Designing Hybrid Workshops in 3 parts

Alastair Somerville
4 min readSep 8, 2021


Images for three parts of this post

I am running a 2 hour workshop by Zoom on ideas around designing hybrid workshops on 15th February at 7pm (London).

You can book a place on my website at Designing Hybrid Workshops for £10.

This post is to describe the purpose and structure of the workshop.

Sharing Wonder

Sharing Wonder — blurred images of participants of workshop held in Aarhus on designing workshops

The opening of the workshop is not part of the Zoom workshop. It is delivered by podcast and pdf.

I have written a longer post about this content already on Medium. You can read it here.

The key points are:-

  • Think about what you want to share. Is it Wonder! (here is some skill or knowledge I wish to share) or Wonder? (here is a question I wish to share).
  • Think about your role: are you a Teacher or a Facilitator?

Thinking about these questions is necessary so as to know what kind of workshop you need to design.

Doing this work prior to the 2 hour Zoom encounter means that you can engage more meaningfully with the content and discussions.

I’d also recommend using that time to buy these books.

I recommend Teaching Walkthrus if you are aiming to teach a skill or process to people.

I recommend Liberating Structures if you are aiming to facilitate answering a question with people.

Offering Safety

Offering Safety — images of some cards that have practices and tools I use at the start of workshops

The Zoom workshop will start with some activities that describe the psychological safety frameworks that I use. They have developed over the years of facilitating in-person workshops and have been adapted as workshops shifted to online only.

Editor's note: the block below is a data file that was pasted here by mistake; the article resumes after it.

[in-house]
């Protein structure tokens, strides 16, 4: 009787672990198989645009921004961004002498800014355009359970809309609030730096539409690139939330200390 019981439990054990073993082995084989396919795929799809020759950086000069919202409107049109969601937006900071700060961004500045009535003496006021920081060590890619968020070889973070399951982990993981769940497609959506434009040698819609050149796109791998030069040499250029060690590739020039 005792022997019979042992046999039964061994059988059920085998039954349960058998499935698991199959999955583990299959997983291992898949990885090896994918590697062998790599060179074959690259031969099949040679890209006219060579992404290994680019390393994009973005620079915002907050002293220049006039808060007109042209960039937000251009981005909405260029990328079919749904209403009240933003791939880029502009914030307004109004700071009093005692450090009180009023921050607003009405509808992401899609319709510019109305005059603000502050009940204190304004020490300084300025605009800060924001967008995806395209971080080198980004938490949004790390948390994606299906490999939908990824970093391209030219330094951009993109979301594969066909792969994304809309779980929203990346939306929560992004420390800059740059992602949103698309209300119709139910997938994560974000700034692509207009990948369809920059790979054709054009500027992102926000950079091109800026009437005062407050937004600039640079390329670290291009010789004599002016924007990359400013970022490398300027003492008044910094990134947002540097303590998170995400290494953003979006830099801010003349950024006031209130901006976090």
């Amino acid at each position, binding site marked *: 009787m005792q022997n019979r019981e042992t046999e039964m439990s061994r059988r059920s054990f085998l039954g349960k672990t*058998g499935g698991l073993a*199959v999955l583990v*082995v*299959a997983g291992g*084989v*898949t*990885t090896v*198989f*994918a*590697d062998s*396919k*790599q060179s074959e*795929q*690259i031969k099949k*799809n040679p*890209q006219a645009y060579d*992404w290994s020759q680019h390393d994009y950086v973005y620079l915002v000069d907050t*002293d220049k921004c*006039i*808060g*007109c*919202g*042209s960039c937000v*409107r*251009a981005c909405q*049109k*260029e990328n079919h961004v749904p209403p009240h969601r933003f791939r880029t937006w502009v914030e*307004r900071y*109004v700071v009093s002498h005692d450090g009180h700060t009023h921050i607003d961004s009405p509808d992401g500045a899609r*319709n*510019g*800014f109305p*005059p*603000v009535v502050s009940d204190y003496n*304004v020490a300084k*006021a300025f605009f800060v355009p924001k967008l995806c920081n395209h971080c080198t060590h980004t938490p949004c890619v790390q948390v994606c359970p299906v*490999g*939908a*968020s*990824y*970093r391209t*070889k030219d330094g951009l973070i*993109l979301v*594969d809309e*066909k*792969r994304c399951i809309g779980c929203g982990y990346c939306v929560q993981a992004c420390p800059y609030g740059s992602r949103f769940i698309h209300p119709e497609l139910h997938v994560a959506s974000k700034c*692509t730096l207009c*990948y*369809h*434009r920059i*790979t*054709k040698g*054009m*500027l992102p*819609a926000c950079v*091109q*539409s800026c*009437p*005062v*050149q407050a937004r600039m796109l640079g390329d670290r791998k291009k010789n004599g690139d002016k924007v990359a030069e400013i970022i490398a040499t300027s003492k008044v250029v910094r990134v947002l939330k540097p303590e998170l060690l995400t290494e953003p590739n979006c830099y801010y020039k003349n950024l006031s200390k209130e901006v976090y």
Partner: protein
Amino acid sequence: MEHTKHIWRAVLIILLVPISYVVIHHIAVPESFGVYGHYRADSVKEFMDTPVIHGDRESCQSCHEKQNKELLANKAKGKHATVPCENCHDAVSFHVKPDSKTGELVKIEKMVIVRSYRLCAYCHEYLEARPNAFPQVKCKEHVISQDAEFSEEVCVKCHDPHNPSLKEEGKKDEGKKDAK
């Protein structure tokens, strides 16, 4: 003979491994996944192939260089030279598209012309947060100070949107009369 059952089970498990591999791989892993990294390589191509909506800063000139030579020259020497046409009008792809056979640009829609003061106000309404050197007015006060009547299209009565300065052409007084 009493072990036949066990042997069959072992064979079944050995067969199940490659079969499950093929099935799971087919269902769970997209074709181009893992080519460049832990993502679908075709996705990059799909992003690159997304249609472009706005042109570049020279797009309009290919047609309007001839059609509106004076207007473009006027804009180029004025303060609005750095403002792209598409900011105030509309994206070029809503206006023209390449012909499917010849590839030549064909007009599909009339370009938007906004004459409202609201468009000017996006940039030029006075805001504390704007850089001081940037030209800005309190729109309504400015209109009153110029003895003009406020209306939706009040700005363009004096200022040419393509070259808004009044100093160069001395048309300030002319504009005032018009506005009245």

I use a number of different tools to describe to workshop participants how they are in control and how their choices around engaging with the workshop content and activities that are prioritised.

Being clear about safety is essential. That need has been heightened by the switch to hybrid workshops.

Being explicit about personal autonomy matters.

This workshop will share ideas I have, tools I use and provide time for people to talk of their own experiences and ideas.

You can read a post about Losing Control To Gain Comfort on some of these ideas.

Architecting Activities

Architecting Activities — image of tool for planing time allocation in workshop activities

The second part of the Zoom workshop is about practicalities of structuring workshops and content.

I’ll describe a simple structure that I used in a previous Designing Workshops workshop in Aarhus.

I will share a couple of tools that I use to plan activities. These cover two important areas:

  • Time: how much time any workshop activity takes to complete is easily misunderstood. Errors in planning timings can cascade thru the workshops and create major problems in delivering content. You can read a post about a tool I use on Time.
  • Social interaction: how many people are involved in any planned activity? Group activities can be stressful. What you think is good fun can be psychologically demanding. Think about what you are asking of people. You can read a post on Design Circles which I use to plan around such issues.

What you want to teach or facilitate is for you to decide. All I can offer is some ways of planning and anticipating where errors or stresses may occur.

Online workshops make it harder both to involve people and harder to check that they are fine.

Building on the offer of safety, this architecting of activities is a way of designing workshops that deliver content clearly and confidently.

It is clarity and confidence that are the main points of this workshop. Helping you be clear in what you want to do is the foundation. Helping you feel confident in designing and delivering your own workshop is the main structure.

Let me know if you want to attend the workshop. Send me an email if you have any questions.



Alastair Somerville

Sensory Design Consultant, usability researcher and workshop facilitator. Twitter @acuity_design & @visceralUX